Spindle cell tumor of urinary bladder serosa with phenotypic and genotypic features of gastrointestinal stromal tumor.

Department of Soft Tissue Pathology, Armed Forces Institute of Pathology, Washington, DC 20306-6000, USA.
Archives of pathology & laboratory medicine (Impact Factor: 2.88). 07/2000; 124(6):894-7. DOI: 10.1043/0003-9985(2000)124<0894:SCTOUB>2.0.CO;2
Source: PubMed

ABSTRACT Most mesenchymal tumors of the gastrointestinal tract are now referred to as gastrointestinal stromal tumors (GISTs). The tumors differ from ordinary leiomyomas and schwannomas in several respects: the GISTs typically express c-kit protein (CD117) and CD34, 30% to 50% of them are (often focally) positive for alpha-smooth muscle actin, and all are negative for desmin and S100 protein. Recently, mutations in the exon 11 of the c-kit gene have been identified and confirmed as a molecular genetic marker for the subset of GISTs. In this report, we describe a mesenchymal tumor removed from the pelvic cavity of a 52-year-old woman, who is alive without disease 36 months after the surgery. The 5-cm tumor was densely attached to the external aspect of the urinary bladder but was attached to small intestine by only filmy adhesions. The tumor grossly resembled a leiomyoma and was histologically composed of sheets of spindle cells with a dense collagenous background. The mitotic activity was low, less then 1 per 50 high-power fields. Immunohistochemically, the tumor cells were negative for alpha-smooth muscle actin and desmin and positive for CD117 and CD34. Molecular genetic analysis of the exon 11 of the c-kit gene revealed a point mutation in the region commonly mutated in GISTs. This mutation substituted T for A in the codon 557, leading to the change of amino acid sequence (tryptophan for arginine) of the KIT protein. This case illustrates that tumors phenotypically and genotypically similar to GISTs may present in sites other than the tubular gastrointestinal tract.

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    ABSTRACT: Gastrointestinal stromal tumors (GISTs) are the most common mesenchymal tumors of the gastrointestinal tract. These tumors develop at any site but are most commonly reported in the stomach. They originate from the neoplastic transformation of the intestinal pacemaker cell, the interstitial cell of Cajal. GISTs strongly express the receptor tyrosine kinase KIT and have mutations in the KIT gene, most frequently in exon 11 encoding the intracellular juxtamembranous region. Expression of KIT is seen in almost all GISTs, regardless of the site of origin, histologic appearance, or biologic behavior, and is therefore regarded as one of the key diagnostic markers. Distinction from smooth muscle tumors, such as leiomyosarcomas, and other mesenchymal tumors is very important because of prognostic differences and therapeutic strategies. Predicting the biologic behavior of GISTs is often difficult by conventional pathologic examination; tumor size and mitotic rate are the most important prognostic indicators. The prognostic significance of KIT mutations is controversial and thus far has not been clearly linked with biologic behavior. KIT mutations are associated with tumor development, and cytogenetic aberrations are associated with tumor progression. The pathogenesis of GISTs involves a gain-of-function mutation in the KIT proto-oncogene, leading to ligand-independent constitutive activation of the KIT receptor. KIT-wild-type GISTs have shown mutually exclusive platelet-derived growth factor receptor (PDGFR) mutation and activation. The use of imatinib mesylate (also known as Gleevec or STI-571) has greatly increased the therapeutic efficacy for this otherwise chemotherapy-resistant tumor. GISTs with very low levels of KIT expression may respond to imatinib mesylate therapy if the receptors are activated by specific mechanisms. KIT-activating mutations fall into two groups: the regulatory type and the enzymatic site type. The regulatory type of mutation is conserved at the imatinib binding site, whereas the enzymatic site mutation has a structurally changed drug-binding site, resulting in drug resistance. Resistance to the drug is the major cause of treatment failure in cancer therapy, emphasizing the need for researchers to understand KIT signaling pathways so as to identify new therapeutic targets. This review summarizes the pathologic features of GISTs, recent advances in understanding their molecular and biologic features, and therapy with imatinib mesylate.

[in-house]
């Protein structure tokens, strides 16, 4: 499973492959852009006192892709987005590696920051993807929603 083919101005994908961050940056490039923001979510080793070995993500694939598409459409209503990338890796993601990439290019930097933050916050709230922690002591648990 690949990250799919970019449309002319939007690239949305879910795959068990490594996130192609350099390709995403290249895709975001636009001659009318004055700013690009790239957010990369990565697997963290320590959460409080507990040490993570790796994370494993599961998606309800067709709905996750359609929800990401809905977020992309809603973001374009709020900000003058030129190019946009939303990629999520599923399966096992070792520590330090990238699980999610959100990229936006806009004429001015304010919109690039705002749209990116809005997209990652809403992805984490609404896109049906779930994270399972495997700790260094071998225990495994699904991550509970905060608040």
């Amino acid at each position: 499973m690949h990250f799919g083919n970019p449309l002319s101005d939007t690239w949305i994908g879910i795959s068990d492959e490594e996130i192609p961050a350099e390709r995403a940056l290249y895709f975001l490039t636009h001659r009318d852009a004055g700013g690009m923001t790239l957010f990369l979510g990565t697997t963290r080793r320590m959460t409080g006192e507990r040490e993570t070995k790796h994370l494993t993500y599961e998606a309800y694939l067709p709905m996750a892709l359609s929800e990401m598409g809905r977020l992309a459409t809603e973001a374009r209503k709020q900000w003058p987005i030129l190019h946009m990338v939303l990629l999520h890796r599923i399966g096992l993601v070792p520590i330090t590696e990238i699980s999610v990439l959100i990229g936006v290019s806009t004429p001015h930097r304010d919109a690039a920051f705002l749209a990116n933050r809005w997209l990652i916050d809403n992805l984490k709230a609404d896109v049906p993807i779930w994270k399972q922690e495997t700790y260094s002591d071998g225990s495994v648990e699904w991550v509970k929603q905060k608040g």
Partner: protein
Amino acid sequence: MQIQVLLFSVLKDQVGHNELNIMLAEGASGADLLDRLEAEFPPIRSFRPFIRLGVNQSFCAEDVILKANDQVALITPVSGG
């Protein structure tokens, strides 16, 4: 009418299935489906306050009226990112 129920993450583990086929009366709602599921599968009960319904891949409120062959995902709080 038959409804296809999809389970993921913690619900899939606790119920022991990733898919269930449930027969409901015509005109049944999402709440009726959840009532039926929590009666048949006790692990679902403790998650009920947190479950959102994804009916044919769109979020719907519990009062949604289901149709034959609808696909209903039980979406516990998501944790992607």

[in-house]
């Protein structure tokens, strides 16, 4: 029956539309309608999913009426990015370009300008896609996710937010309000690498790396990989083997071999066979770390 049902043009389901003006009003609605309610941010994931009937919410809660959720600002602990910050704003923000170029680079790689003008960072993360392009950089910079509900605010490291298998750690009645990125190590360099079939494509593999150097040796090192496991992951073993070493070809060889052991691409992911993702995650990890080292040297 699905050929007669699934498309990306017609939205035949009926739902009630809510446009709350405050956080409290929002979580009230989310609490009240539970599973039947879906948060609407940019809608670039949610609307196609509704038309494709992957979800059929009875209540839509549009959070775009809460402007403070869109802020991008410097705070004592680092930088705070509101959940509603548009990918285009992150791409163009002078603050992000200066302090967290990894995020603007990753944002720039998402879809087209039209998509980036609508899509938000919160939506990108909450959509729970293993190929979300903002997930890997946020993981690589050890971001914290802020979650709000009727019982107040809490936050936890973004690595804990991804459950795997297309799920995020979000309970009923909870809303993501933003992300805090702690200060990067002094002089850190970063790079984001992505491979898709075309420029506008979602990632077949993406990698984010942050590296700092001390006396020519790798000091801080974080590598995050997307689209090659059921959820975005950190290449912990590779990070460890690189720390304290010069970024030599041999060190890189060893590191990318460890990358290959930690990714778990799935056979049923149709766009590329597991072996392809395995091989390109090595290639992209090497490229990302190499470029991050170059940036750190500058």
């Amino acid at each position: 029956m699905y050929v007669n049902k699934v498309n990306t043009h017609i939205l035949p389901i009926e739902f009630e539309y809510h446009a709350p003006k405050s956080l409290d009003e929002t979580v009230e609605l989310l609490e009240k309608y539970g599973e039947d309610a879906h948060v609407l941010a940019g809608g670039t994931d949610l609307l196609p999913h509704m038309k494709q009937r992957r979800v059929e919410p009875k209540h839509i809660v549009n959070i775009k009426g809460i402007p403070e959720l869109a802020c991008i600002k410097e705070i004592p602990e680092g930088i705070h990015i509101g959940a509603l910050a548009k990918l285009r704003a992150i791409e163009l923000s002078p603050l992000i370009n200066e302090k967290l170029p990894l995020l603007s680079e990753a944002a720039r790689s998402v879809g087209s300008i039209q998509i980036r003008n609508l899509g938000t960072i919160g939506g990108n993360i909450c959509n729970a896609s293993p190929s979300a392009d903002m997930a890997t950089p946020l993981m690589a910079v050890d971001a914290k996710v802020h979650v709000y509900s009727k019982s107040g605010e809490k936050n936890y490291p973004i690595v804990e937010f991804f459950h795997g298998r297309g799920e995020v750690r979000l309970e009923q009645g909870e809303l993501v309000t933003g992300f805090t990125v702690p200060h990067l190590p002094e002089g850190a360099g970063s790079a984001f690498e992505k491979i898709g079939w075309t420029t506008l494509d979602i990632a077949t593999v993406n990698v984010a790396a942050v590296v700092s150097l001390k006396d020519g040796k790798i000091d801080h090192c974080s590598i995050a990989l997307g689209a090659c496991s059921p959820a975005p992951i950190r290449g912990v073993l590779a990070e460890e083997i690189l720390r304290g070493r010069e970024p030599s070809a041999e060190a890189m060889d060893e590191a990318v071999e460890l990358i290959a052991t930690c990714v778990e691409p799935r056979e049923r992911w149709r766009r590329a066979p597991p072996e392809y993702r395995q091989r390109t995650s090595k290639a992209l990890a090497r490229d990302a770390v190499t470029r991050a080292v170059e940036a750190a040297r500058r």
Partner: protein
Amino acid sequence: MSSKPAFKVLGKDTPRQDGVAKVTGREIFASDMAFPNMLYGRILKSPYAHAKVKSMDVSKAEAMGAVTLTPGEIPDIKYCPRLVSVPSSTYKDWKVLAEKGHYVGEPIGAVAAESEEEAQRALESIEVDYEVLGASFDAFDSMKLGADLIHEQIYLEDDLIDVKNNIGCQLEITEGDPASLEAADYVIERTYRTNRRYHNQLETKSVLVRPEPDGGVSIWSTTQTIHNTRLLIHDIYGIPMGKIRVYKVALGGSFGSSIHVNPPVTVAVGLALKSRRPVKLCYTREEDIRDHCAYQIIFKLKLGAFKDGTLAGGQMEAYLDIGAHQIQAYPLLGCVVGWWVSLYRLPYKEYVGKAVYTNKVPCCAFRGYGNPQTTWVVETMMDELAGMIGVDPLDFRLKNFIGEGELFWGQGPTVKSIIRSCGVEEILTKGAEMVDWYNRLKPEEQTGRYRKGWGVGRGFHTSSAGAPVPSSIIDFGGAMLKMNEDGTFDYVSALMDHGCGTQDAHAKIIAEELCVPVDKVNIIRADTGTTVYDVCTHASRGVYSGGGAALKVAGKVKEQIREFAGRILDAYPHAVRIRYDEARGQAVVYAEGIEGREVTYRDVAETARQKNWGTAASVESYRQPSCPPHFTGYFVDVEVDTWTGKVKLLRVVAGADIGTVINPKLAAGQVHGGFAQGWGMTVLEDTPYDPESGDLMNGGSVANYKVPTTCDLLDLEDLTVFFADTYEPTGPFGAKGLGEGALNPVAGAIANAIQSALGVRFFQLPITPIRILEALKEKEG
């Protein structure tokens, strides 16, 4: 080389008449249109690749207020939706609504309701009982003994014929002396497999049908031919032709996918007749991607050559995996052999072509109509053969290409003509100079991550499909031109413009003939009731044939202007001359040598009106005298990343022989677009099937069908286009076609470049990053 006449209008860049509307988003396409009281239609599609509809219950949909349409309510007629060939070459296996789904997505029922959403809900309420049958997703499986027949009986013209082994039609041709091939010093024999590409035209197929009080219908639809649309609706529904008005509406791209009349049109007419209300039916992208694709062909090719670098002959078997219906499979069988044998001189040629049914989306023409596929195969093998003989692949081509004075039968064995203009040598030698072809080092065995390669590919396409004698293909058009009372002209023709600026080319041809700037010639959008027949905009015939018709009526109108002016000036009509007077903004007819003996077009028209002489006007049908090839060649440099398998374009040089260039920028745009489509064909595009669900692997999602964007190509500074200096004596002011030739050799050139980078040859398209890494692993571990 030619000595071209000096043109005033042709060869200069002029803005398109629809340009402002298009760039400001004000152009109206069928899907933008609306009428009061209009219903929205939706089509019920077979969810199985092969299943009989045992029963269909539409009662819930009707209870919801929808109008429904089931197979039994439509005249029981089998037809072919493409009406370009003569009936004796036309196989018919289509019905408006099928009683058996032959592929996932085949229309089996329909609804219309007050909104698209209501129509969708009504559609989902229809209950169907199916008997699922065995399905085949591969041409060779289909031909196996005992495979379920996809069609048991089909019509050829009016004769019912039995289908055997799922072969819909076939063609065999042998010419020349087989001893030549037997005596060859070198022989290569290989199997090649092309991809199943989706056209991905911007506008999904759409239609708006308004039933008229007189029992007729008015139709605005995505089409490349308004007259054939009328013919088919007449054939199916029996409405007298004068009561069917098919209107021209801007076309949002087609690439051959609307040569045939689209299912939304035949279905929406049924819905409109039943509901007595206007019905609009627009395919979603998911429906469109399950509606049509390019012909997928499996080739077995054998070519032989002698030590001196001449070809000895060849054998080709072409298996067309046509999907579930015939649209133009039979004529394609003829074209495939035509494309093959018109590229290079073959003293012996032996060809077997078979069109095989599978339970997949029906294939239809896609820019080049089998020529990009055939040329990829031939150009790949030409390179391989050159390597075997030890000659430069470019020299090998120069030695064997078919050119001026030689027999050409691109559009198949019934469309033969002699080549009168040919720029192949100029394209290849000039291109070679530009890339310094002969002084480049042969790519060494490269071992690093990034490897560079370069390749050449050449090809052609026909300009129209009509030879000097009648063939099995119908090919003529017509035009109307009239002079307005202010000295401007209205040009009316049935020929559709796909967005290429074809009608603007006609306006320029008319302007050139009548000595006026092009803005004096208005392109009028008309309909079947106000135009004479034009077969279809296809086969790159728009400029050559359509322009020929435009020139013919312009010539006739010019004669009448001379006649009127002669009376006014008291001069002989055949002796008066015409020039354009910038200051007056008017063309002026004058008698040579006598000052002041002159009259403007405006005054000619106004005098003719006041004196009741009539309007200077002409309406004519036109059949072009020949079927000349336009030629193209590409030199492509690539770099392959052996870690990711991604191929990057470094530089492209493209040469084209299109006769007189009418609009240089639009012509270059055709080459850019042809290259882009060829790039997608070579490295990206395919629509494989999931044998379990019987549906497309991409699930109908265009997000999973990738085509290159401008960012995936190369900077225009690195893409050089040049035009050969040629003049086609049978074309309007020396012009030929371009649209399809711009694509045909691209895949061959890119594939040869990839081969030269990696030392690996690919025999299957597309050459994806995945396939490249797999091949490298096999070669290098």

Histology and histopathology 05/2004; 19(2):565-74. · 2.24 Impact Factor
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    ABSTRACT: In spite of multiple efforts a reliable risk-classification of human gastrointestinal stromal tumours could not be established in the past. So it was the aim of this study to investigate the predictive value of the immunohistochemical expression of several proteins and other factors in these malignancies. Focus was set on EGFR, P53 and P16. First, the adverse effect of big size and high mitotic rate could be shown significantly. For the parameter EGFR by contrast, no predictive value could be found. However, significantly could be shown the unfavorable effect of the expression of P53 in disease-free- as well as in disease-specific-survival. Concerning P16, a differentiation of the subgroup "high-risk" after consensus classification could be established. Patients with such high-risk-tumours and immunohistochemical expression of P16 had a much worse outcome in disease-free- and disease-specific-survival respectively. So P16 might be used as a predictor for "very-high-risk"-GIST.
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